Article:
Neurosurgery is the surgical specialty that treats patients with disorders of the brain, spinal cord, and peripheral nervous system. About 70% of patients treated by neurosurgeons have diseases of the spine or spinal cord. The remainder have problems with the brain and peripheral nervous system.

There are about 3,200 practicing neurosurgeons in the United States of which 700 are in teaching centers. Technical aspects of the specialty cover a broad spectrum from microsurgical techniques, particularly for aneurysms, arteriovenous malformations and brain tumors, to extensive reconstruction of the spine. Neurosurgery became a surgical specialty in the early 1900’s. Current frontiers in neurosurgery include treatment for brain tumors, movement disorders, endovascular treatment of cerebral aneurysms and arteriovenous malformations, nerve and spinal cord regeneration, and neuroprotection therapy for head injury and stroke.

Residency Training

  • Duration of training: Seven years.
  • Number of programs nationally: 105
  • Number of entering residency positions per year: 160+.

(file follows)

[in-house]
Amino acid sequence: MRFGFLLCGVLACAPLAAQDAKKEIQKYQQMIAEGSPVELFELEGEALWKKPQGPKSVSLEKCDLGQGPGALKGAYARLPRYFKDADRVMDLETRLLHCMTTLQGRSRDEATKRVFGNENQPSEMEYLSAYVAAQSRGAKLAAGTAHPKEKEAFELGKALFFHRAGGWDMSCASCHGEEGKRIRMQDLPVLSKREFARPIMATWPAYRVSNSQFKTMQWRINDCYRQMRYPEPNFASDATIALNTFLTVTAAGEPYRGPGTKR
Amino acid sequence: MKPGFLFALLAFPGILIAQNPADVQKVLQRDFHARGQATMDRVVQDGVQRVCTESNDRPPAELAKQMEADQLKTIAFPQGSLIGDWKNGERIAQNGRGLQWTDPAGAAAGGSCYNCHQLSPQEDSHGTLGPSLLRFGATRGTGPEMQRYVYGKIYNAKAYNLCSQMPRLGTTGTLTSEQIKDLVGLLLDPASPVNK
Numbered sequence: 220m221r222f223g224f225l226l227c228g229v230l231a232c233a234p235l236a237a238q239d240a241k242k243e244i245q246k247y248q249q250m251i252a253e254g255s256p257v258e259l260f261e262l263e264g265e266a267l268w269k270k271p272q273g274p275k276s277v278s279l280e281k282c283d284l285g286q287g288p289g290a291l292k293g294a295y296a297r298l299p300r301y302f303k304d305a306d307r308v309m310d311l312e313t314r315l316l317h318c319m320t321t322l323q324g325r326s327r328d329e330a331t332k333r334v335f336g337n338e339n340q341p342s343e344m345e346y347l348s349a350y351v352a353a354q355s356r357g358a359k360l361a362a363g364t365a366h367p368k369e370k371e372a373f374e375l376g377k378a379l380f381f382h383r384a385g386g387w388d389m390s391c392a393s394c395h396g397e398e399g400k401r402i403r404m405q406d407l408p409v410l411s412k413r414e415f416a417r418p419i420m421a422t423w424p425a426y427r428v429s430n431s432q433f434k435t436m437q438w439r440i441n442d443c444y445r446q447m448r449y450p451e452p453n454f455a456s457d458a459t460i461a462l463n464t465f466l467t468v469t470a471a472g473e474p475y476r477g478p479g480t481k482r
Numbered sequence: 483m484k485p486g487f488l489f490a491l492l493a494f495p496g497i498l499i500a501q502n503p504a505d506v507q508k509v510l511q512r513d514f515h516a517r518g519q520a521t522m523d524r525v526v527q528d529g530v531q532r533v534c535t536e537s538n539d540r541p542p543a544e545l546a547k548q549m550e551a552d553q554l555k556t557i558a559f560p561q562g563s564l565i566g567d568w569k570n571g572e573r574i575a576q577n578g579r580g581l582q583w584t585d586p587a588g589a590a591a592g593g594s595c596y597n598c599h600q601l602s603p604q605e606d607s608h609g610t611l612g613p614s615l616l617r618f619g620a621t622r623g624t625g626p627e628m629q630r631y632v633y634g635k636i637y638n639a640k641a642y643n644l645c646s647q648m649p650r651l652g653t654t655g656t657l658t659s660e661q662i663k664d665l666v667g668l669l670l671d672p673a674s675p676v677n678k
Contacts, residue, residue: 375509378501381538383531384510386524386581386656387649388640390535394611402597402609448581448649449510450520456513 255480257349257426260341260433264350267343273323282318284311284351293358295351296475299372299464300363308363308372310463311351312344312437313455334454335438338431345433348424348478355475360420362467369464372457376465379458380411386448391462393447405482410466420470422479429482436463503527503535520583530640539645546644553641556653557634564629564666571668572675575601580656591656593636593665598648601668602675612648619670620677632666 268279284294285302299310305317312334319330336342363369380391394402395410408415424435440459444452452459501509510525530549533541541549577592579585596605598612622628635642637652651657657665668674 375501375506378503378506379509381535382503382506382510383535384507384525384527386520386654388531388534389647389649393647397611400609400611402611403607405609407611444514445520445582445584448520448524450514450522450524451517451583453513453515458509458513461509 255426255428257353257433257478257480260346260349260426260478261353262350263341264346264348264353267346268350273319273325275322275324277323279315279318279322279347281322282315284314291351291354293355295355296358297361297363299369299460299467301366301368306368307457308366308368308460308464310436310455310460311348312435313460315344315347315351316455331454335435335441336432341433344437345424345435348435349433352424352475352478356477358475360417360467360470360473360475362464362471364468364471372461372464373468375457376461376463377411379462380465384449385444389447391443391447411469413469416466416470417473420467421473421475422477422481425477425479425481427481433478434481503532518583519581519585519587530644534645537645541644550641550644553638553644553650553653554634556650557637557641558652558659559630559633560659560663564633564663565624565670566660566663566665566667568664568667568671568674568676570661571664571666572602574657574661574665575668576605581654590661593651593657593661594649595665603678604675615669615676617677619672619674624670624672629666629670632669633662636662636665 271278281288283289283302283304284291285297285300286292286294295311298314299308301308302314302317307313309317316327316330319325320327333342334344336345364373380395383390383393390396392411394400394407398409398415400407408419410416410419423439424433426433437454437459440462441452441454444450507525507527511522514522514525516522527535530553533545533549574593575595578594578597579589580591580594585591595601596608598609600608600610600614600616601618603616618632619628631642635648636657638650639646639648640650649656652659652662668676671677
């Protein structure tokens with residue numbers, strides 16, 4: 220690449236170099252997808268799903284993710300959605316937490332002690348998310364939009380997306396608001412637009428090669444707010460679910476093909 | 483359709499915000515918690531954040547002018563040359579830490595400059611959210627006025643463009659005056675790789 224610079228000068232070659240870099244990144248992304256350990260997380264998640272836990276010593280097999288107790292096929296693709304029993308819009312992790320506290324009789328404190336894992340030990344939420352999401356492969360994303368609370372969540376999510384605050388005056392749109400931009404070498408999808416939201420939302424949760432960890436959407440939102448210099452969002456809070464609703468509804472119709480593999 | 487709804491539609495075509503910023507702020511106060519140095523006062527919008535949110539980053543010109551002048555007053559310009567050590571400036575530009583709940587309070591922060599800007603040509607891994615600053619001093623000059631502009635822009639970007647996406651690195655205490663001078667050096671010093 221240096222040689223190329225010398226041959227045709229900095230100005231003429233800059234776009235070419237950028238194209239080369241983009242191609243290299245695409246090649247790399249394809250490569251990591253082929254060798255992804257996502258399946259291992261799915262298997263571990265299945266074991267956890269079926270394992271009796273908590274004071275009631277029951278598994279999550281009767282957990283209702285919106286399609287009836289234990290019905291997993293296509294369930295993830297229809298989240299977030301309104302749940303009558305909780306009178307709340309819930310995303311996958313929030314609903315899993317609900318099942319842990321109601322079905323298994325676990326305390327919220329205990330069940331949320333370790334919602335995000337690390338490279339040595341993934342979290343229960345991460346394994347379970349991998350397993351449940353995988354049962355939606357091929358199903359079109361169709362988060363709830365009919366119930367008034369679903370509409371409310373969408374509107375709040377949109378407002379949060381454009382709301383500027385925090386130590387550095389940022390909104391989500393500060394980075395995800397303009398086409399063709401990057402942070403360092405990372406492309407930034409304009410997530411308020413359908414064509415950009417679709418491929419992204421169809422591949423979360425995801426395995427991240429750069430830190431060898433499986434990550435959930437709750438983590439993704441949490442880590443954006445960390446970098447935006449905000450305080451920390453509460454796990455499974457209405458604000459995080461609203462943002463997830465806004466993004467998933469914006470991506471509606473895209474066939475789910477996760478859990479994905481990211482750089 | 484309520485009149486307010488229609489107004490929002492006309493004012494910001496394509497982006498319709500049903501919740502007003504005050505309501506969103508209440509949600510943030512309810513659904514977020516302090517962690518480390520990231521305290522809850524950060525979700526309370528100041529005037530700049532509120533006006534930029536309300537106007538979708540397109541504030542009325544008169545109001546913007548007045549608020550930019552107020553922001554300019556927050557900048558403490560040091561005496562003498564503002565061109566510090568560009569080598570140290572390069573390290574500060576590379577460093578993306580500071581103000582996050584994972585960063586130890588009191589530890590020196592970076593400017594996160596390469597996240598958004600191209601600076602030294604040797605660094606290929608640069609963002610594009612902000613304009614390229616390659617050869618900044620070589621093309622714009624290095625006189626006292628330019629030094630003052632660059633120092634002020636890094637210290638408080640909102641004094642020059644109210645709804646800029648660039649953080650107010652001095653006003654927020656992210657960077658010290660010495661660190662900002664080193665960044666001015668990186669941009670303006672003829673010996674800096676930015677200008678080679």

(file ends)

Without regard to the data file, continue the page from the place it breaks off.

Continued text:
• Types of fellowships or subspecialties: Spine, Neuro-Oncology, Functional Neurosurgery; Epilepsy, Pediatrics, Cerebrovascular
    (both Open and Endovascular), Skull Base Neurosurgery, Peripheral Nerve, Neurocritical Care
  • Type of Match: Regular Match.
  • Overall competitiveness: Very Competitive. A difficult match for the "average" student.

Primary Faculty Contact for M1's and M2's

Jason Heth, M.D.

Medical Student Club or Interest Group

American Association of Neurological Surgeons University of Michigan Medical Student Chapter

Contact: Annie Li, President,

Shadowing or Mentoring Experiences Available to M1's or M2's

Contact: Jason Heth, M.D. at 734-936-5017 or


Suggested Journals, Books & Information for Interested Students

  • The Book of Neurosurgery by Greenburg
  • Journal of Neurosurgery
  • Neurosurgery